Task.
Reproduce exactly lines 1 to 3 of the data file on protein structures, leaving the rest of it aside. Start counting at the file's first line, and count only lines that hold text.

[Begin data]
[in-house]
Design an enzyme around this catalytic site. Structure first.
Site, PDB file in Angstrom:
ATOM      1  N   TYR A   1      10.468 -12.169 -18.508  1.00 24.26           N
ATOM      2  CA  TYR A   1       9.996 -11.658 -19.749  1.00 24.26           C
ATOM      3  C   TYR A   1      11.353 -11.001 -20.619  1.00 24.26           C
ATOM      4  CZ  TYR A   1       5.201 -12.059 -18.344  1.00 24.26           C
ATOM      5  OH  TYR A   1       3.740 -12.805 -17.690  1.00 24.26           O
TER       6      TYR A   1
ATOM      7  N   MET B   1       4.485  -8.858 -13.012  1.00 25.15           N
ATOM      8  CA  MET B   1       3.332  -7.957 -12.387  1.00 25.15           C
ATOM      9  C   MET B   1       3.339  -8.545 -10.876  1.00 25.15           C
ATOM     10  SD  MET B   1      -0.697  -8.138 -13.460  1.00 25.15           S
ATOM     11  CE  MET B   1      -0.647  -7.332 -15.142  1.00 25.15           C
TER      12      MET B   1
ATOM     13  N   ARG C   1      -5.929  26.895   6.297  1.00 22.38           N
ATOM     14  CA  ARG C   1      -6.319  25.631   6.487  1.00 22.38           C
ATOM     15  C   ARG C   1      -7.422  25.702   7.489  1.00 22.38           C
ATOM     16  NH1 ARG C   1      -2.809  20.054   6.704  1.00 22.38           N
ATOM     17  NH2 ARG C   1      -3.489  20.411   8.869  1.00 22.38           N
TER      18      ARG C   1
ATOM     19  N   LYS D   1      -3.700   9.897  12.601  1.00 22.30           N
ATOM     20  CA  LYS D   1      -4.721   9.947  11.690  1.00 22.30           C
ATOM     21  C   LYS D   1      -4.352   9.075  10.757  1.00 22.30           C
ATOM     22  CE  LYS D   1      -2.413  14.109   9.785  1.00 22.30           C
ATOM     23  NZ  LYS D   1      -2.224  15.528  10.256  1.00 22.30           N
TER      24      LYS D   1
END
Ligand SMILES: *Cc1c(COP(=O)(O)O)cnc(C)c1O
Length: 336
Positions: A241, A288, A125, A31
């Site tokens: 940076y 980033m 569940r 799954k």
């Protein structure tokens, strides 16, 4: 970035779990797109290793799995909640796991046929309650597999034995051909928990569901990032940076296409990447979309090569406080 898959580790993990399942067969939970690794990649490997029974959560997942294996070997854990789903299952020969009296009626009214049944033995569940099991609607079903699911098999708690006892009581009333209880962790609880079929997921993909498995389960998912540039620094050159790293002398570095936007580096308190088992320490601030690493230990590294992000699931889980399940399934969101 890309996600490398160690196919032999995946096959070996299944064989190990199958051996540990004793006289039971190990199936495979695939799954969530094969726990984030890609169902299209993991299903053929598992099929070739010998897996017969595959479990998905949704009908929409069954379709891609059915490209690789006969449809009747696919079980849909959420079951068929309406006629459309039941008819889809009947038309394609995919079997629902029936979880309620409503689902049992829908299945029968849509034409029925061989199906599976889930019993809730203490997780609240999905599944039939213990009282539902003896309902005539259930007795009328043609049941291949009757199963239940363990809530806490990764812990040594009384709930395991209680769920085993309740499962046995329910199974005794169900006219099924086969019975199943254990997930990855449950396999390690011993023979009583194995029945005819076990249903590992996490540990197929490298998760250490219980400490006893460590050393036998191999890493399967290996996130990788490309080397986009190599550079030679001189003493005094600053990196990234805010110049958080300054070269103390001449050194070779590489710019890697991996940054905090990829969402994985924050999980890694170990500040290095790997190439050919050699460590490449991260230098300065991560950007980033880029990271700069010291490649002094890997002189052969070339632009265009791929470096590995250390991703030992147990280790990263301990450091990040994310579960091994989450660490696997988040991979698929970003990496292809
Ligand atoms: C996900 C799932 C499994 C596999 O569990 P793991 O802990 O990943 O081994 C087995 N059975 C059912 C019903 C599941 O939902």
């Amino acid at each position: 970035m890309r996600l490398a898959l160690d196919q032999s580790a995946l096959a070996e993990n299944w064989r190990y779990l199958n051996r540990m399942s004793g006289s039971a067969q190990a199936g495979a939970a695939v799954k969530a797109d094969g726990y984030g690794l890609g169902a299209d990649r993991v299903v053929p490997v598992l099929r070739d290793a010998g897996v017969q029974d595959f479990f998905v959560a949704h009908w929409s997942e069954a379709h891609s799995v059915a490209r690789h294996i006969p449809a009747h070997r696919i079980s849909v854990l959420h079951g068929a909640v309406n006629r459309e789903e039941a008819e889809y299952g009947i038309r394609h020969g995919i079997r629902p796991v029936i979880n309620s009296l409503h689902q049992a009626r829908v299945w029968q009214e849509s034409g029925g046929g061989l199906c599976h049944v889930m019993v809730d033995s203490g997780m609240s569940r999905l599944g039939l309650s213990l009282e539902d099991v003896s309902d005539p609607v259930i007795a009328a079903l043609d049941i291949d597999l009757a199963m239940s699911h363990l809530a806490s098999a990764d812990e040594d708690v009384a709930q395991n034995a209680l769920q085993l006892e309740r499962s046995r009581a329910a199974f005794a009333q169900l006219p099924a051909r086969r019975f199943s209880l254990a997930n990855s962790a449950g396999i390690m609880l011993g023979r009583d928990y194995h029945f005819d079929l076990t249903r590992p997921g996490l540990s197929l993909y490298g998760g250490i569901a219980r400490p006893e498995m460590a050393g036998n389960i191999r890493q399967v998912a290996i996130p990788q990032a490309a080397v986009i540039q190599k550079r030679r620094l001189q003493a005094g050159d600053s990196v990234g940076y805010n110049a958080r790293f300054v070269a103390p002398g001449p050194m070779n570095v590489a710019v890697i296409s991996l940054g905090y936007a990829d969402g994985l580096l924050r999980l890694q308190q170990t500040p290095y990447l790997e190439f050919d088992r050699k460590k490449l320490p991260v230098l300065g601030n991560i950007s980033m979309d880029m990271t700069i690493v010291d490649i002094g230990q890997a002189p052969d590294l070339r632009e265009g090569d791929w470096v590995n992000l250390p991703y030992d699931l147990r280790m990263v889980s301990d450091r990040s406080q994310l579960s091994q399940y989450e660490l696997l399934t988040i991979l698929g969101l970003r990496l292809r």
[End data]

[in-house]
Design an enzyme around this catalytic site. Structure first.
Site, PDB file in Angstrom: